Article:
Make an effort to wash the bed sheets, pillowcases, and blankets in hot water once a week. You can also try to minimize clutter in the home and wear a mask when cleaning.

Prevent the Growth of Mold

Molds and mildew are known to thrive in damp areas of the house, such as bathrooms, kitchens, and basements. As a result, mold spores can float in the air like pollen and trigger allergies. To reduce the risks, replace wallpaper with tiles or mold-resistant paint. Additionally, take time to reply moldy carpeting and shower curtains as well as run a daily dehumidifier to reduce moisture in the room.

Use Eco-Friendly Cleaners

Most harsh chemicals found in household cleaners can aggravate allergy symptoms, especially in seniors with sensitivity to smell. Switch to green products which have natural plant-based ingredients. You can also make your own products using vinegar, baking soda, and lemon.

For many families, keeping homes clean and reducing known allergens is all it takes to ensure a safe space for seniors. Other times, more intense effort may become necessary. From removing sources of pet dander to investing in air filtration systems, you can take many steps to reduce allergen exposure and ensure the safest, healthiest environment for the older adult in your life.

Editor's Note

Even something as simple as an allergy can produce substantial health issues. Often these complications will impact our independence and the end result will be need for long-term care services and supports.

If you have an elder family member be sure to be aware how to address these concerns and help make for a better lifestyle. If they are over 75 it is much more difficult to obtain Long-Term Care Insurance. Generally, this type of insurance is purchased prior to retirement as part of a person’s overall retirement planning. 

Why is planning for long-term care so important? Longevity allows us to live a longer lifespan. Advances in medical science treat health issues that would have caused death in decades past. The problem is the dramatic increase in those who require help with normal activities-of-daily living or supervision due to cognitive decline. Cognitive decline risk increases with age.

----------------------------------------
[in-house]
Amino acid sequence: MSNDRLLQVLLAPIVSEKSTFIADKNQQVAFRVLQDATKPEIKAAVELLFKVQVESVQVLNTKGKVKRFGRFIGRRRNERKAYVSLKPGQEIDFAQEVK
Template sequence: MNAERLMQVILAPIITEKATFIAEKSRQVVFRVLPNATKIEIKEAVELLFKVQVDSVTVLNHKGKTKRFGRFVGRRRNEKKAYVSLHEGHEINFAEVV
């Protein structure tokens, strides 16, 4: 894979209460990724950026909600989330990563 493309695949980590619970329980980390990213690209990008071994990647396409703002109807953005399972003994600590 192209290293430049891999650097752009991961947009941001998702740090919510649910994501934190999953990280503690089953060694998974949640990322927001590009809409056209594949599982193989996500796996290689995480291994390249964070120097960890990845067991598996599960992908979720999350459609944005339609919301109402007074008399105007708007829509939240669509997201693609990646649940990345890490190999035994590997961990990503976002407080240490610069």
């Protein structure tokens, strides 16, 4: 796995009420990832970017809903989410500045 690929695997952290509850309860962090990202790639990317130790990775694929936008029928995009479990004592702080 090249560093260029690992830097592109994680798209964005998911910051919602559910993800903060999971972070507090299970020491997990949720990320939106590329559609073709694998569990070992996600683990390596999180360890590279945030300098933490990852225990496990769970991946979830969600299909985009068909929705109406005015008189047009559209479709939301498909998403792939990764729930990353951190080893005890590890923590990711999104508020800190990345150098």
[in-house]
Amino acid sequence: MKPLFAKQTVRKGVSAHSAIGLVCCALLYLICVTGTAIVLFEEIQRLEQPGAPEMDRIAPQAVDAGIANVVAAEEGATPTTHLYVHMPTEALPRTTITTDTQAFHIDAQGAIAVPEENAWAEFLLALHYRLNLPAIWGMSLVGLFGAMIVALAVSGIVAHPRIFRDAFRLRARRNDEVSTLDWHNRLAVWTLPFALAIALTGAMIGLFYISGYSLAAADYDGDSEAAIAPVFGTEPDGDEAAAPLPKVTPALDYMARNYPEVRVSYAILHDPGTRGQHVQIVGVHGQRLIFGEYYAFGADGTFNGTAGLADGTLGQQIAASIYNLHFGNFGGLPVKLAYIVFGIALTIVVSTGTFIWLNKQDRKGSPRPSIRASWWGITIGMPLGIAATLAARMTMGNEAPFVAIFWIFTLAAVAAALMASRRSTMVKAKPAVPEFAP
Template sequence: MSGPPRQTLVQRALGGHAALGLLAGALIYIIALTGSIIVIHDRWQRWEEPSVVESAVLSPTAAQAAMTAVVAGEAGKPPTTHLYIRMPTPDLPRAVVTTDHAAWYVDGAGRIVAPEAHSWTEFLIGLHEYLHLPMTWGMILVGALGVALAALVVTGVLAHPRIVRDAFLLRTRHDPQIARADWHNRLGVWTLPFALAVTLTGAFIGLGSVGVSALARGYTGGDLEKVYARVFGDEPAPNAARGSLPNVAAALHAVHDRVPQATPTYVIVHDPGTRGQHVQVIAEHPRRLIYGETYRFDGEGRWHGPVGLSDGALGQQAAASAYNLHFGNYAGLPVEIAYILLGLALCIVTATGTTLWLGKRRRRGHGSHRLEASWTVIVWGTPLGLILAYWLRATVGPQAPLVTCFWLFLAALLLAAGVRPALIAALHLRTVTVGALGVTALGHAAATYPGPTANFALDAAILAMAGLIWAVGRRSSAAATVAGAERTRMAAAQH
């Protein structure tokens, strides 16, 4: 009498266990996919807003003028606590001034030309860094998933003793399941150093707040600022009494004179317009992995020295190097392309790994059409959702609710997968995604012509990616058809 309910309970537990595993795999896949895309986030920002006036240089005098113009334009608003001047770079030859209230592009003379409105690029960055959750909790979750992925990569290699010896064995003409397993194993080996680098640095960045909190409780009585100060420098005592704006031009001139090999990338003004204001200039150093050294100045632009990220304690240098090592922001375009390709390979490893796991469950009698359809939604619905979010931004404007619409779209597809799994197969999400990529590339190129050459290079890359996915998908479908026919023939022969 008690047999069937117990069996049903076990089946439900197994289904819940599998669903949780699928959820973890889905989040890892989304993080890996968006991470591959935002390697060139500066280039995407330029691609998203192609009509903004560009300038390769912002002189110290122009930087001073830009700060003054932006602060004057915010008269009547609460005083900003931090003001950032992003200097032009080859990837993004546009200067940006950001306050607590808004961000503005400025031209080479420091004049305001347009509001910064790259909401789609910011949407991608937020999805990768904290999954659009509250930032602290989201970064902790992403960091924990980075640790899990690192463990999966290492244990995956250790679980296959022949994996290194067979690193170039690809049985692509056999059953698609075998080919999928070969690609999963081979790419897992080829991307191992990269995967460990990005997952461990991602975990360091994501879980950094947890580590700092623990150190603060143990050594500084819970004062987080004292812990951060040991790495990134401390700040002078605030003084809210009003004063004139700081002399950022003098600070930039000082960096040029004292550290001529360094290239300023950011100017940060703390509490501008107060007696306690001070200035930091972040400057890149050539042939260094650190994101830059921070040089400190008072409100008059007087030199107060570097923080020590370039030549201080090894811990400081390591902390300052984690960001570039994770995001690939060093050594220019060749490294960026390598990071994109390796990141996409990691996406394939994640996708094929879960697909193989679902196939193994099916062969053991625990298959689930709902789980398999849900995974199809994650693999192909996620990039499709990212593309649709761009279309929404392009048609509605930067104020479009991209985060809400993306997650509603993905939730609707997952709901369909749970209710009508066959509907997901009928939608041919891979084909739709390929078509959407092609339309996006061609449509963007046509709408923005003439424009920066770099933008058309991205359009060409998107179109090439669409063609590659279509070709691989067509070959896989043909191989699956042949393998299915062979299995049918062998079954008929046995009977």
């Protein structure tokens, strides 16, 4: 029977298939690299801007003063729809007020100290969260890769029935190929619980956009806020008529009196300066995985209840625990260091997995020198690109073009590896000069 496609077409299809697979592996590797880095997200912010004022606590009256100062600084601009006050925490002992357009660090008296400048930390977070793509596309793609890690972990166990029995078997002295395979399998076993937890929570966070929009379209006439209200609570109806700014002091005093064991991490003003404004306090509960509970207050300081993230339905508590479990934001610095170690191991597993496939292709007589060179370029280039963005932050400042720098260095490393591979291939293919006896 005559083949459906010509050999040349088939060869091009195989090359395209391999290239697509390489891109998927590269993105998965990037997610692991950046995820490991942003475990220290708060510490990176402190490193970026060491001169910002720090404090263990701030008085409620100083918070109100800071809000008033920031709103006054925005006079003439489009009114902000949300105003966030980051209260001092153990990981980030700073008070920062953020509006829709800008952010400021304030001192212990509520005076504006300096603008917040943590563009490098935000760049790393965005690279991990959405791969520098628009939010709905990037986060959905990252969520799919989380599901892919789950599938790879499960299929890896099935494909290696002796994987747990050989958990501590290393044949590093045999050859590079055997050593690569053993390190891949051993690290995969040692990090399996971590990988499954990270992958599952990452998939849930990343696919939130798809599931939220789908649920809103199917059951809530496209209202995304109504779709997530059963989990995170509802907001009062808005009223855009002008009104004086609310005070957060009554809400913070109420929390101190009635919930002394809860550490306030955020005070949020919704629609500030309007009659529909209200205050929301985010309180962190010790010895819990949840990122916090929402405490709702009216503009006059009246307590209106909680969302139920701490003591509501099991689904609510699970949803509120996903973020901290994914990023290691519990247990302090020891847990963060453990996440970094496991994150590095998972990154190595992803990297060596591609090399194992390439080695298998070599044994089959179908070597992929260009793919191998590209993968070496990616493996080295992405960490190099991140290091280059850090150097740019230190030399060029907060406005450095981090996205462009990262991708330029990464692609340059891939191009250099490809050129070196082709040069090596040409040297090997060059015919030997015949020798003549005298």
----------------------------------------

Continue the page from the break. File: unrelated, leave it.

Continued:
The cost of this custodial care is not paid for by health insurance or Medicare or Medicare Supplements. Long-Term Care Insurance provides the resources for your choice of quality care in the setting you desire. This reduces the burdens and stress that would normally be placed on family members.

Caregiving is hard on loved ones. Paid care drains your retirement accounts (IRA 401(k), 403(b), SEP) and other assets. This adversely impacts your future income and lifestyle.

Long-Term Care Insurance is very affordable, especially if you are younger and in good health. Experts suggest reviewing your options in your 40s and 50s as premiums are at their lowest and your health is generally at its best.

Start your research by finding the current cost of long-term care services and the availability of tax incentives and partnership plans which provide additional asset protection. Find your state on the LTC NEWS MAP: https://www.ltcnews.com/resources/state-information.

The American Association for Long-Term Care Insurance, a national consumer education, and advocacy group suggest working with a Long-Term Care Insurance specialist. This person should have substantial experience in long-term care planning and should represent the major companies in the industry. LTC NEWS can help you find one: https://www.ltcnews.com/contact.

Long-Term Care Insurance is easy, affordable and rates stable income and asset protection. While most people are allergic to buying insurance (attempt at humor), the fact is an LTC insurance policy will provide you and your family with peace-of-mind in addition to asset protection.